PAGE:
• How are you? I have noticed that there seems to be a lot more space for honest check-ins these days, and I’m hearing the usual “How are you today?”, “Great, thanks! And you?” less and less. For some interviewees (especially those who are currently unemployed), asking how they are and how they’re feeling can be the first time somebody has asked them that question all day, or even all week. Starting off an interview a little more sensitively than usual can go a long way creating a comfortable space for a candidate. 
  • Have you learned any new skills over the course of the last few months? This question is not meant to shame, but rather is intended to offer an interviewee an opportunity to leverage anything they may have undertaken or learned during quarantine. 
  • What have you learned about yourself and your work style? Some folks may realize that working from home is a more natural and productive set-up for them, while others may really have struggled with how to navigate the virtual work space. This question offers interviewees an opportunity to reflect on what has (or has not) worked well, and how to put that learning into practice to support your mission should they be hired to fill the position.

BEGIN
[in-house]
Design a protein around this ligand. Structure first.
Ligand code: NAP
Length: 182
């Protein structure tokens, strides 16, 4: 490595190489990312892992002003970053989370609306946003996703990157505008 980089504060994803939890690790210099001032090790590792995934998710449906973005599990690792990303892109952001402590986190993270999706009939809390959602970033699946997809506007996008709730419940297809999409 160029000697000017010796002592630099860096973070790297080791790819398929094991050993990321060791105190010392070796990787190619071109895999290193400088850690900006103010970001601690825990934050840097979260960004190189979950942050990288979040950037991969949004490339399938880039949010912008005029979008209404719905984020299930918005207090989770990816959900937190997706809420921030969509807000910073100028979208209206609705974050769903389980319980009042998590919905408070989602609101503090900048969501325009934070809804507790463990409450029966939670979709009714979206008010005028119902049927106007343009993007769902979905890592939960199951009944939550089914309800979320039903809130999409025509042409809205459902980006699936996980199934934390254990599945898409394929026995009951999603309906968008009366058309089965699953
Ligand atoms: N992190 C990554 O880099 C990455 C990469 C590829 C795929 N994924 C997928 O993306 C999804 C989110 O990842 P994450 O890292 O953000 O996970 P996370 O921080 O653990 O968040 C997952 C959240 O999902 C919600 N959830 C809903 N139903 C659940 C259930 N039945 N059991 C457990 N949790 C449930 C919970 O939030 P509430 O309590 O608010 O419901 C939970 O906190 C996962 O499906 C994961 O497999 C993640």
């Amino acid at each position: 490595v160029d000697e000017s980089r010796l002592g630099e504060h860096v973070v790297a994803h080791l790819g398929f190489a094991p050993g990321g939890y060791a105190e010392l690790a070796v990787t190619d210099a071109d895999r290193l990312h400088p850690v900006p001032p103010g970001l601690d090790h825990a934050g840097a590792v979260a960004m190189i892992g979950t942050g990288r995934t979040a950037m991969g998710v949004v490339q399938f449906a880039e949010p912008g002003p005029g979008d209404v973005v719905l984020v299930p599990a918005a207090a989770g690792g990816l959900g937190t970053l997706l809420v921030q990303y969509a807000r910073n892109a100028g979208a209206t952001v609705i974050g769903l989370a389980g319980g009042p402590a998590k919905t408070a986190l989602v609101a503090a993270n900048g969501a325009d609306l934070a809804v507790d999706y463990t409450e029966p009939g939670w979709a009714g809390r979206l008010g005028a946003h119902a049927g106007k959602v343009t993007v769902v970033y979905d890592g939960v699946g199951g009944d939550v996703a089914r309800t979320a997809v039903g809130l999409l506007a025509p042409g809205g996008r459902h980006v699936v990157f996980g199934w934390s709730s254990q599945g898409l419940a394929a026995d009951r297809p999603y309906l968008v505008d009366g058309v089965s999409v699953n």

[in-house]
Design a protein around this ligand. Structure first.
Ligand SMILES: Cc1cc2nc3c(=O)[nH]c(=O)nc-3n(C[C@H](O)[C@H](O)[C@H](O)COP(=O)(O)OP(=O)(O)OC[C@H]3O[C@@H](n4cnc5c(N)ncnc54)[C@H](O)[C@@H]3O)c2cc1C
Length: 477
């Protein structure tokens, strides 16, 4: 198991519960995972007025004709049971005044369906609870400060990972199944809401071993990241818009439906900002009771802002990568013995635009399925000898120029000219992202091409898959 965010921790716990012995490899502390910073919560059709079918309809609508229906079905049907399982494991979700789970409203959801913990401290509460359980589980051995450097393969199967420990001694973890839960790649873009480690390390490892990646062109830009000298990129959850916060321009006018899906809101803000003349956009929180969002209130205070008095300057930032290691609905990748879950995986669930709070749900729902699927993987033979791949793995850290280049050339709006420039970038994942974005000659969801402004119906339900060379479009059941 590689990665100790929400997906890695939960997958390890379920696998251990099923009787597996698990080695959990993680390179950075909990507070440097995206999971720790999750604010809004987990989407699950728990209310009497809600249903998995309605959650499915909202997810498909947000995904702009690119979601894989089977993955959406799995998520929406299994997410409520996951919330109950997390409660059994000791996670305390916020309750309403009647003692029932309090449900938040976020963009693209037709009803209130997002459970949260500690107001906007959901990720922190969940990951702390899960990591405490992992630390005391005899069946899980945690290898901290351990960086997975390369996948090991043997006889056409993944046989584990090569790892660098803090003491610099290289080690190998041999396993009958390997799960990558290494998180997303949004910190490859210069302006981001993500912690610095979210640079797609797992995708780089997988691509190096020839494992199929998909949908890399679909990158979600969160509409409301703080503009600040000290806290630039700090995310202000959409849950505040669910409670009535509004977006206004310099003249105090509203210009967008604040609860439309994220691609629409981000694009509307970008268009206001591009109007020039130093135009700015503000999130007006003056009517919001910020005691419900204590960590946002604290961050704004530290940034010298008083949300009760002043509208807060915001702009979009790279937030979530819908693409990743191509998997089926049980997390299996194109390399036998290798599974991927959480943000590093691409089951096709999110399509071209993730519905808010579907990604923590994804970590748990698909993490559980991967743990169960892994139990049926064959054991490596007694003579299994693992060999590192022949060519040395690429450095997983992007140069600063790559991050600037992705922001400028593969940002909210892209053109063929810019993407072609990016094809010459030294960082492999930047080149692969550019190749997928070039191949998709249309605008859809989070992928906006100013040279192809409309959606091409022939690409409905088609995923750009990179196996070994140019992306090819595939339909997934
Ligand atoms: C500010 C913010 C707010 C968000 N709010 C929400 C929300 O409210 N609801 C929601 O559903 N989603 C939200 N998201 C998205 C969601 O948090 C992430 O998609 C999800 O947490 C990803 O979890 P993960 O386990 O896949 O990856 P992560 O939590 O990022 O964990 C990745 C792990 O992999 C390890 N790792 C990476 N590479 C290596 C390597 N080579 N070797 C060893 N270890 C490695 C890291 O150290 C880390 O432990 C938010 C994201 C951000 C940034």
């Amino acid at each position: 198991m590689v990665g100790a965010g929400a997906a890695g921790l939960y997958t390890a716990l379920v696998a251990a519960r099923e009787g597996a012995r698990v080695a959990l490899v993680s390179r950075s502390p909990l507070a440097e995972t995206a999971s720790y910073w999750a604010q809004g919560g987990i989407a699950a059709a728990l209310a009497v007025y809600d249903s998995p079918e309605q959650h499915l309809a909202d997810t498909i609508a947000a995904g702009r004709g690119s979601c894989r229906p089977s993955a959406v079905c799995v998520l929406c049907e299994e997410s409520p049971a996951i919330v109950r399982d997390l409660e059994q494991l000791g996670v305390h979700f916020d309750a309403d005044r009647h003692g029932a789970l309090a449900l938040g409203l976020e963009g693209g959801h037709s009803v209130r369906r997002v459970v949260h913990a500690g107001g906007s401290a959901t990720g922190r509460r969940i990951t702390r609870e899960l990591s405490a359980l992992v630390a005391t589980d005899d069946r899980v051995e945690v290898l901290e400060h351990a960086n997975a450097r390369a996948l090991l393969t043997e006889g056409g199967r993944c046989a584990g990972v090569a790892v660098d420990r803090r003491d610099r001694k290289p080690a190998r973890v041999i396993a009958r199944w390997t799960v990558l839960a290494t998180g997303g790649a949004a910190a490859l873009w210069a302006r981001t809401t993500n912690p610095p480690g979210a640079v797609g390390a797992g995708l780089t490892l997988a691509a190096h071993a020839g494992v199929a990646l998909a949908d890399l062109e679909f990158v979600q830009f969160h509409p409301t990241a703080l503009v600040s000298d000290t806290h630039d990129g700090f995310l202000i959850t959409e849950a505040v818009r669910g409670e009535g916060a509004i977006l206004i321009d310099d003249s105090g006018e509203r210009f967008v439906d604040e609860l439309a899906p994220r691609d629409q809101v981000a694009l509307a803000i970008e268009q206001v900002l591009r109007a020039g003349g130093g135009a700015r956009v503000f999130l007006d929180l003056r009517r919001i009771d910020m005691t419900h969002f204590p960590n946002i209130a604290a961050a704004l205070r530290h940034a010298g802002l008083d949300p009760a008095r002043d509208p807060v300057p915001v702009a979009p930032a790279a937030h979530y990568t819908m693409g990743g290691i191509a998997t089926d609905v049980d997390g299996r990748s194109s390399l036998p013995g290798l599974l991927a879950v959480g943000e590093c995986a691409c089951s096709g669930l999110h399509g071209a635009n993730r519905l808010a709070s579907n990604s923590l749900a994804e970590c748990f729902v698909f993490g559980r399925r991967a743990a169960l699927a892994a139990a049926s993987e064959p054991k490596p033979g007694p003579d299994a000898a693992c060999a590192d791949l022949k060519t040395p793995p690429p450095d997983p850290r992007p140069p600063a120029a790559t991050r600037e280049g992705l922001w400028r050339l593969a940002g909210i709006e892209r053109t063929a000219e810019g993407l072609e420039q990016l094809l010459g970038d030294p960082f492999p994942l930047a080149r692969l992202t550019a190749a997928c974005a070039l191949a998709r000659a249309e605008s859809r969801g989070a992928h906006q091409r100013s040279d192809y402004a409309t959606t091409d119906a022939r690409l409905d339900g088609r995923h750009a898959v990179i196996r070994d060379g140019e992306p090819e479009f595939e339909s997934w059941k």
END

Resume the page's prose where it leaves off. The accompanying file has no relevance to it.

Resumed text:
• Tell us about your work-from-home set-up and how you create boundaries between your work life and home life. It could also be useful to ask an interviewee to share how their set-up (and boundaries) may have evolved and shifted over the course of the last six to seven months. 
  • How have you stayed connected to colleagues (or how will you)? Prior to the pandemic, you may not have been as concerned as to whether you felt like an applicant was social. And while you certainly don’t want to discount any introverted candidates, hiring an applicant who will be onboarded remotely means you both need to know that they feel comfortable reaching out to colleagues to introduce themselves, ask questions, and mine historical knowledge. Whether your team communicates mostly via Slack, Google Chat, email, or Zoom, make sure a potential hire is also comfortable and confident in that space. 

In terms of onboarding, structure and specificity seem to be key. While we all likely remember an onboarding experience that included a few training sessions and meet-and-greets over the course of a week or two, onboarding for remote employees needs to be far more prescriptive and descriptive. 

As one survey respondent put it, “New staff don’t know what ‘normal’ operation procedures (or our faces) look like.” 

So, in addition to setting up formal and informal meet-and-greets, consider recording and sharing some of the aspects of your organizational culture and procedures that may have gone without saying before (when most of us were still working in person).